PRINCETON, N.J. The average IQ of this university town is normally high, but it hits its annual peak on the weekend of the Gauss-Fleckner Conference on Experimental Physics when some of the brainiest men and women in the world converge on the campus of Princeton to read and listen to each other’s papers and to participate in discussions whose turbulence can literally change the world. “The brainstorms can get pretty fierce,” says Natalie Hartnett, an administrative aide at the institute that sponsors the confab. “We post small-mind warnings around the neighborhood to make sure no one is hurt by untested theorems flying around.”
“He called you a farthammer. How do we retaliate in a nuanced, thoughtful way?”
But the assembled scientists are known for something else besides their grey matter among local law enforcement officials. “We’ve had a few incidents over the past coupla years where we had to use pepper spray,” says Princeton University Campus Police Sergeant James Hampy. “I would not be takin’ a quantum leap if I said some of these guys can get kinda squirrelly when a discussion ’bout the law of thermodynamics gets heated.”
Niels Bohr and wife Margrethe riding motorcycle–without helmets!
Tensions began to simmer at a lecture on the speed at which the universe is expanding Friday night. “If the universe is expanding,” said Dr. Oswalt Gurney of Syracuse University during the question and answer session that followed, “what is it expanding into–except the universe!”
“No, no, you’ve got it all wrong,” replied Dr. Fung Chen or the University of California-Irvine. “It is like a balloon that is expanding in your hands while you inflate it.”
“I put some Spanish Fly into Little Miss I Don’t Believe in Anti-Neutrinos’ Diet Coke!”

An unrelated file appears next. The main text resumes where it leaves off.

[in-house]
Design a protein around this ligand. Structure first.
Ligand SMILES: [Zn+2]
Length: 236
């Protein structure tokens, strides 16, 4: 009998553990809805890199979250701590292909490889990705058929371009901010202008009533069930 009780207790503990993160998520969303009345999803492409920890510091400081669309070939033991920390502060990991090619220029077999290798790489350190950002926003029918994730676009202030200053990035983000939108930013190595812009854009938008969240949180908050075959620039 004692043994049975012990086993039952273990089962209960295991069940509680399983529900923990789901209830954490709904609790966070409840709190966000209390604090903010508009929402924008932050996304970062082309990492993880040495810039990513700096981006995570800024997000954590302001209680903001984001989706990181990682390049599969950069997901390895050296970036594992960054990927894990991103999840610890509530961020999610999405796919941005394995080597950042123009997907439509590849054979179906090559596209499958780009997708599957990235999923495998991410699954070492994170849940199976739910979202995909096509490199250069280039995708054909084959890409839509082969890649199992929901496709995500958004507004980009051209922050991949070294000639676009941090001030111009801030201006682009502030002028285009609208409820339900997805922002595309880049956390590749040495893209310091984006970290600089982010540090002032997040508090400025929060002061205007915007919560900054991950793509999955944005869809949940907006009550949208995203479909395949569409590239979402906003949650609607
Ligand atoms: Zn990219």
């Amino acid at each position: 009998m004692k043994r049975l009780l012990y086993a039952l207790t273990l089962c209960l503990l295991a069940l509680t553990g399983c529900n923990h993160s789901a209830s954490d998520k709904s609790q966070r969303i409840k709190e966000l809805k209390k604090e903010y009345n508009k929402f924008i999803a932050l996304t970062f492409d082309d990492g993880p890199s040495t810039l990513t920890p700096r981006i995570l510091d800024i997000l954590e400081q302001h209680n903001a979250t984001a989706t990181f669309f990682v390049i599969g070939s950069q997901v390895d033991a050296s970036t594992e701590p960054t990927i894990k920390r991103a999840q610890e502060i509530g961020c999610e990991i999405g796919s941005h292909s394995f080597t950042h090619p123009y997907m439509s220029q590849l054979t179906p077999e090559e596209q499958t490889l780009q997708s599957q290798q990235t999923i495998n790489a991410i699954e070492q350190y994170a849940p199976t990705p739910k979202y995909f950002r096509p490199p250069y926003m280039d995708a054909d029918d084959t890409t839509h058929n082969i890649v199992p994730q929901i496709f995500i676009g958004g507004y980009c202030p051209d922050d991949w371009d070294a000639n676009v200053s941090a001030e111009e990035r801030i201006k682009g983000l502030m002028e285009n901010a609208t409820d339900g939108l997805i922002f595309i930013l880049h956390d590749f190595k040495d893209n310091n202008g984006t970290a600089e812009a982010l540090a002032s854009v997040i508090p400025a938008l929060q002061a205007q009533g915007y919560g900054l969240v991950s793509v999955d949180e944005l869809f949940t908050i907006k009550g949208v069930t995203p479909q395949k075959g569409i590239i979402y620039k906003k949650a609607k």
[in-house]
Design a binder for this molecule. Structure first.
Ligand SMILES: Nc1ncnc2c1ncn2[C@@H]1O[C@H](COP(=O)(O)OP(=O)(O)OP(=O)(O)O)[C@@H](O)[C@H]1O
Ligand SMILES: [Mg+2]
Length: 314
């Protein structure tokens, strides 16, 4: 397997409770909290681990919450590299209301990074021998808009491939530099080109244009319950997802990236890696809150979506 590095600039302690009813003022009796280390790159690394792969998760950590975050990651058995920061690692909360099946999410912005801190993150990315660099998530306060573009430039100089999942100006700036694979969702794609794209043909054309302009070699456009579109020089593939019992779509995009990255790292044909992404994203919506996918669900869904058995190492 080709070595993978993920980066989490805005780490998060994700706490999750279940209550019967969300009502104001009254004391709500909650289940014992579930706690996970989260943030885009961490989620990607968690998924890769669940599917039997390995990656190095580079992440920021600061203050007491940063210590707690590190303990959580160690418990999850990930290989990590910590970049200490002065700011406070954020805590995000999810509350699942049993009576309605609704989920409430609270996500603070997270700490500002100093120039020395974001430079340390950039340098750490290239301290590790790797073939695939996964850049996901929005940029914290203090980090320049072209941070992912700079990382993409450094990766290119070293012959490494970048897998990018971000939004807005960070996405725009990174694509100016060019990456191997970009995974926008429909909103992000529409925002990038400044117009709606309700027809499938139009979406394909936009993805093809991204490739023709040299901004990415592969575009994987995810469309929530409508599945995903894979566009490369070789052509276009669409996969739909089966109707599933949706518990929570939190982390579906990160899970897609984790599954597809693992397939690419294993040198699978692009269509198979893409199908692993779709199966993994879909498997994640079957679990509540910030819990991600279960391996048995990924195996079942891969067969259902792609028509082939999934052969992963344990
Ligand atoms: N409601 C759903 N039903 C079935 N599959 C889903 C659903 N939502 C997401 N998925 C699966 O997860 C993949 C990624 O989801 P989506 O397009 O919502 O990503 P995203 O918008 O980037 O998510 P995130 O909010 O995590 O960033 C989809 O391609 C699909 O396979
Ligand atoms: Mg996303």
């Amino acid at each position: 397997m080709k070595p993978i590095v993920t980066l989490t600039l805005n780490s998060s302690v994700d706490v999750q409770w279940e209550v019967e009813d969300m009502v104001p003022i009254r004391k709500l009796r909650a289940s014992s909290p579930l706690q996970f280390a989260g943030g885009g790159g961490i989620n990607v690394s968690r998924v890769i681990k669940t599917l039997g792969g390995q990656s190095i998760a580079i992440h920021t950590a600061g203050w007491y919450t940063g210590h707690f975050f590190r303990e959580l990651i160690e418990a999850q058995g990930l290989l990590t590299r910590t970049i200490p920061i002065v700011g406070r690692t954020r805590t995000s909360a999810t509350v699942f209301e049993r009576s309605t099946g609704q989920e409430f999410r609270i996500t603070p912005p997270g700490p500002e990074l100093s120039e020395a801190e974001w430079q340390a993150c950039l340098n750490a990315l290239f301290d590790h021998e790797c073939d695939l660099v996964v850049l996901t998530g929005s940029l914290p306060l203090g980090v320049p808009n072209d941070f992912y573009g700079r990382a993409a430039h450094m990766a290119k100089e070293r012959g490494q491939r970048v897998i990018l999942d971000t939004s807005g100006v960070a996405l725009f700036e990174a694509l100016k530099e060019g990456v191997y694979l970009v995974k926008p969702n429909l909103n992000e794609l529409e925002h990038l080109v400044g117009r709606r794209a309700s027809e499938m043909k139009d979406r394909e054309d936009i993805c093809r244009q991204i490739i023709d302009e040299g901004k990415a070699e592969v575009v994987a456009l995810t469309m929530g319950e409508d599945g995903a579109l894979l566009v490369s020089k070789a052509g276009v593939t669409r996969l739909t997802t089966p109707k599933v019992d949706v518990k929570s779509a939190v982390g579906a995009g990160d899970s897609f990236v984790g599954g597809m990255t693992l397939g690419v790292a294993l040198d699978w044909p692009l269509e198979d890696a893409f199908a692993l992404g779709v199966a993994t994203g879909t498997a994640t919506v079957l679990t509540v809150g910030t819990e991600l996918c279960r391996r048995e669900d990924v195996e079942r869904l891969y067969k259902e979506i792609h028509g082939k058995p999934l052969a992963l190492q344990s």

With that, Stuart Versch, a graduate teaching assistant, stood up and said “Is your balloon filled with air, or water?”
Dr. Chen began to chuckle, then said “Your metaphor is inapt. It really doesn’t matter which image you use,” at which point Versch hurled a water balloon at the speaker as he yelled “If it doesn’t matter, have a taste of this!”
Order was restored and the academics retired to the faculty lounge for a “Bend an Elbow and the Space-Time Continuum!” happy hour where discussion shifted to “string theory,” an exotic but increasingly popular theorem that some believe will eventually harmonize all the laws of physics under a single “unified field” theory.
“I can’t believe you’re still locked into your outmoded three-dimensional thinking,” chided Prof. Jeffrey Chow after listening to Dr. Philip Castrop offer his reservations about the concept. “It’s people like you who give the rigorous and thoughtful kooks like me a bad name.”
“I’ll show you what I think of string theory,” Castrop said as pulled out a can of Silly String, the non-toxic spray streamer that “brings out the fun” for group events of all kinds.
“Why you . . .” Chow sputtered as he was covered with colored string by Castrop and a number of his colleagues, who then turned and ran towards the exit only to reappear at a plenary session the next morning as if nothing had happened.
If Silly String is outlawed, only outlaws will have Silly String.
“I don’t know what you’re talking about,” Castrop said when Chow confronted him at the podium. “Maybe it was my doppelganger who did it. I was in a completely alternative universe at the time.”